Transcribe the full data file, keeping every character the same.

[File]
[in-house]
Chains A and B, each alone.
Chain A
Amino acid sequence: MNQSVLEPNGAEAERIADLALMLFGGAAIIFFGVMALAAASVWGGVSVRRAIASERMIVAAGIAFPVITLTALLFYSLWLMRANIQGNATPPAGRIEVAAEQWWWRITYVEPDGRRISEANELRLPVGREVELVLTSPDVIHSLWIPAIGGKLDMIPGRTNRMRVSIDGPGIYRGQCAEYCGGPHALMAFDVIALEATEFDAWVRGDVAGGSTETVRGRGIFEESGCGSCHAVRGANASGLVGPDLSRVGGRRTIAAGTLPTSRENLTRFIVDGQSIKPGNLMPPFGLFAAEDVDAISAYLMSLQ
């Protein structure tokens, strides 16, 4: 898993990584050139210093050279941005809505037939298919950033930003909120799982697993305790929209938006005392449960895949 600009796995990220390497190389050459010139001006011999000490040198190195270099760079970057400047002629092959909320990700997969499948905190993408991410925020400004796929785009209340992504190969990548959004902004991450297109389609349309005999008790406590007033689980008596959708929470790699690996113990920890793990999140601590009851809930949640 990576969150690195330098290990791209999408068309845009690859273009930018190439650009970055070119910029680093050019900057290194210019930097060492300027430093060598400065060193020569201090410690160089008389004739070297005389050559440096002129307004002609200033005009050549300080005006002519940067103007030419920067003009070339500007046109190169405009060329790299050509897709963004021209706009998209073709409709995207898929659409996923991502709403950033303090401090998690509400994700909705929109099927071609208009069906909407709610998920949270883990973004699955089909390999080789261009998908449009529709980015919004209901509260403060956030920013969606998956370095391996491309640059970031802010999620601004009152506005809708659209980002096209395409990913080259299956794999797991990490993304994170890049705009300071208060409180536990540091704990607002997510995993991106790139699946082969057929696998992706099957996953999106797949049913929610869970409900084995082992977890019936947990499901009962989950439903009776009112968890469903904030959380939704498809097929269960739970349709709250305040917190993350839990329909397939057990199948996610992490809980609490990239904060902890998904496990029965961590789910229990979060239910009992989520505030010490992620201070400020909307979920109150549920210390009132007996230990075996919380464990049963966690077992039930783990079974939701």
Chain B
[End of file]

[in-house]
Chains A and B, each alone.
Chain A
Amino acid sequence: MNQSVLEPNGAEAERIADLALMLFGGAAIIFFGVMALAAASVWGGVSVRRAIASERMIVAAGIAFPVITLTALLFYSLWLMRANIQGNATPPAGRIEVAAEQWWWRITYVEPDGRRISEANELRLPVGREVELVLTSPDVIHSLWIPAIGGKLDMIPGRTNRMRVSIDGPGIYRGQCAEYCGGPHALMAFDVIALEATEFDAWVRGDVAGGSTETVRGRGIFEESGCGSCHAVRGANASGLVGPDLSRVGGRRTIAAGTLPTSRENLTRFIVDGQSIKPGNLMPPFGLFAAEDVDAISAYLMSLQ
């Protein structure tokens, strides 16, 4: 898993990584050139210093050279941005809505037939298919950033930003909120799982697993305790929209938006005392449960895949 600009796995990220390497190389050459010139001006011999000490040198190195270099760079970057400047002629092959909320990700997969499948905190993408991410925020400004796929785009209340992504190969990548959004902004991450297109389609349309005999008790406590007033689980008596959708929470790699690996113990920890793990999140601590009851809930949640 990576969150690195330098290990791209999408068309845009690859273009930018190439650009970055070119910029680093050019900057290194210019930097060492300027430093060598400065060193020569201090410690160089008389004739070297005389050559440096002129307004002609200033005009050549300080005006002519940067103007030419920067003009070339500007046109190169405009060329790299050509897709963004021209706009998209073709409709995207898929659409996923991502709403950033303090401090998690509400994700909705929109099927071609208009069906909407709610998920949270883990973004699955089909390999080789261009998908449009529709980015919004209901509260403060956030920013969606998956370095391996491309640059970031802010999620601004009152506005809708659209980002096209395409990913080259299956794999797991990490993304994170890049705009300071208060409180536990540091704990607002997510995993991106790139699946082969057929696998992706099957996953999106797949049913929610869970409900084995082992977890019936947990499901009962989950439903009776009112968890469903904030959380939704498809097929269960739970349709709250305040917190993350839990329909397939057990199948996610992490809980609490990239904060902890998904496990029965961590789910229990979060239910009992989520505030010490992620201070400020909307979920109150549920210390009132007996230990075996919380464990049963966690077992039930783990079974939701």
Chain B